CCNet 87/2001 - 16 July 2001

"From July 16 through July 22, 1994, pieces of an object designated
as Comet P/Shoemaker- Levy 9 collided with Jupiter. This [was] the first
collision of two solar system bodies ever to be observed, and the effects
of the comet impacts on Jupiter's atmosphere have been simply spectacular
and beyond expectations. Comet Shoemaker-Levy 9 consisted of at least 21
discernable fragments with diameters estimated at up to 2 kilometers."

"On the other hand, life could simply have arrived here in a
meteorite from Mars. This idea is "highly plausible -- always supposing
there was life on Mars in the first place", says Professor Paul
Davies. It's estimated about half a billion Martian rocks suitable for
carrying living microbes have reached Earth. Some would have burnt up. But
many would have landed safely, says Davies."
--Deborah Smith, Sydney Morning Herald, 14 July 2001

"Everyone is so busy discovering planets they don't feel ready to
sit down in committees and decide what to call them," laments Helene
Dickel, who chairs the nomenclature committee of the International
Astronomical Union, the international body that, among other things,
assigns official names to celestial bodies. Last August, at an IAU meeting
in Manchester, delegates failed to agree on how to name extrasolar planets.
The relevant subcommittees are now trying to hammer out an agreement in
time for the union's next big meeting, in Sydney in 2003. The planet
hunters have proposed a simple solution: giving the planets proper
--Tom Standage, The Guardian, 12 July 2001

    Andrew Yee <>

    Andrew Yee <>

    Weather News for July, Friday the 13th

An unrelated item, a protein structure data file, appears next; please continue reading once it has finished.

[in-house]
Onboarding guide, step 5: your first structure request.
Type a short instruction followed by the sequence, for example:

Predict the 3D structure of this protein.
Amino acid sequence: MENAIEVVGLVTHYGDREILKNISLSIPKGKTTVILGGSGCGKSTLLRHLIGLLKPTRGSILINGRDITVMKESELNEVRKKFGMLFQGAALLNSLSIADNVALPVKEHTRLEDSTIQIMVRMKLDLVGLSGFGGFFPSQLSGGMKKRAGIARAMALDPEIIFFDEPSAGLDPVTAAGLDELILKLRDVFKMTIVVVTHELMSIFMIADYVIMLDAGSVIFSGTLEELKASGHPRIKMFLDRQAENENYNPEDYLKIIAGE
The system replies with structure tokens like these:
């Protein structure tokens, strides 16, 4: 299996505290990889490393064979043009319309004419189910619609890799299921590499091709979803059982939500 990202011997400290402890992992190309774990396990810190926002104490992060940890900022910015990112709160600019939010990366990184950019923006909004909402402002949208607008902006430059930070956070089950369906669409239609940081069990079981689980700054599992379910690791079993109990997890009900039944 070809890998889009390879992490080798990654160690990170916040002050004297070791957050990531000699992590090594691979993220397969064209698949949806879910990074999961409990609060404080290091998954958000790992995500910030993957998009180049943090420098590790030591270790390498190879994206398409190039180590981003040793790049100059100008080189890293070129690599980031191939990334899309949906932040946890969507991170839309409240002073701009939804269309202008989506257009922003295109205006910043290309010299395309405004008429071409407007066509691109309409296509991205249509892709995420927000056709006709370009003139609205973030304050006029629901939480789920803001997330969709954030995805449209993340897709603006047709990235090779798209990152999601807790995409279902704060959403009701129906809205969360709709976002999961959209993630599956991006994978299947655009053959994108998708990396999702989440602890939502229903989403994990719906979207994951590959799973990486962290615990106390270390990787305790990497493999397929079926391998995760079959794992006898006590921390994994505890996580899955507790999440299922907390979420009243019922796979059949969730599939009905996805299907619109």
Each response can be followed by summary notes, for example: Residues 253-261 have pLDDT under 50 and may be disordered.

Ron Baalke <>

    Ron Baalke <>

DAY, TOO, 15 July 2001

    Goddard Space Flight Center, 12 July 2001

    Matthew Genge <>

    Andy Smith <>

     Kuiper Belt Electronic Newsletter, no. 18, July 2001


From Andrew Yee <>

Sydney Morning Herald, 14 July 2001
[ ]

Saturday, July 14, 2001

Here's looking at you, Earthling

Light and microbes offer new clues in the search for other life in the
universe, writes Deborah Smith.

The day we discover we are not alone in the universe, it could be thanks to
the research of a young Australian scientist, Dr Vikki Meadows. Some
researchers are convinced microbes will be found living on Mars in the
not-too-distant future. Others wait patiently at their telescopes and
computers for a much more intelligent ET to call Earth.

But Meadows believes the first sign of life elsewhere could simply be the
patterns of light emanating from a faraway planet.

Water and a hospitable atmosphere -- and even the existence of lowly
creatures such as bacteria -- should show up as tell-tale "biosignatures" in
the planet's radiation, she says.

Meadows heads a team at NASA's Jet Propulsion Laboratory in California that
has just received an $18million grant to create computer simulations of a
range of planets and life forms.

"Our theoretical studies will drive the design of the instruments that will
ultimately look for signs of life," says Meadows, who spoke at a conference
in Sydney this week to mark the establishment of the Australian Centre for
Astrobiology, at Macquarie University.

First, however, astronomers will have to locate Earth-like planets. More
than 60 planets outside our solar system have been discovered in the past
five years but they are all "hot giants" -- Jupiter-sized gas planets that
sit close to their suns and which are unlikely to sustain life.

Professor Malcolm Walter, director of the new NASA-affiliated astrobiology
centre, says Australia is a perfect place to study how life evolved on
Earth, and the kind of creatures that could exist elsewhere.

"We have an abundance of very ancient rocks that preserve the history of
microbial life on Earth, and we have a number of extreme modern environments
where we can sample microbes adapted to very different conditions," he says.

Tiny inanimate organisms may be nowhere near as exciting as little green
men. But just one discovery of life nearby, "be it only microbial life",
would resolve the age-old question of whether we are the result of a rare
chance event, says Dr Jeremy Bailey, of the Anglo-Australian Observatory, an
organiser of the conference.

"It would show that life forms easily, given a suitable planet, and would
indicate that we live in a universe teeming with life."

Life on Earth probably sprang up between 4 billion and 3.8 billion years
ago. The oldest fossil evidence of early life was found in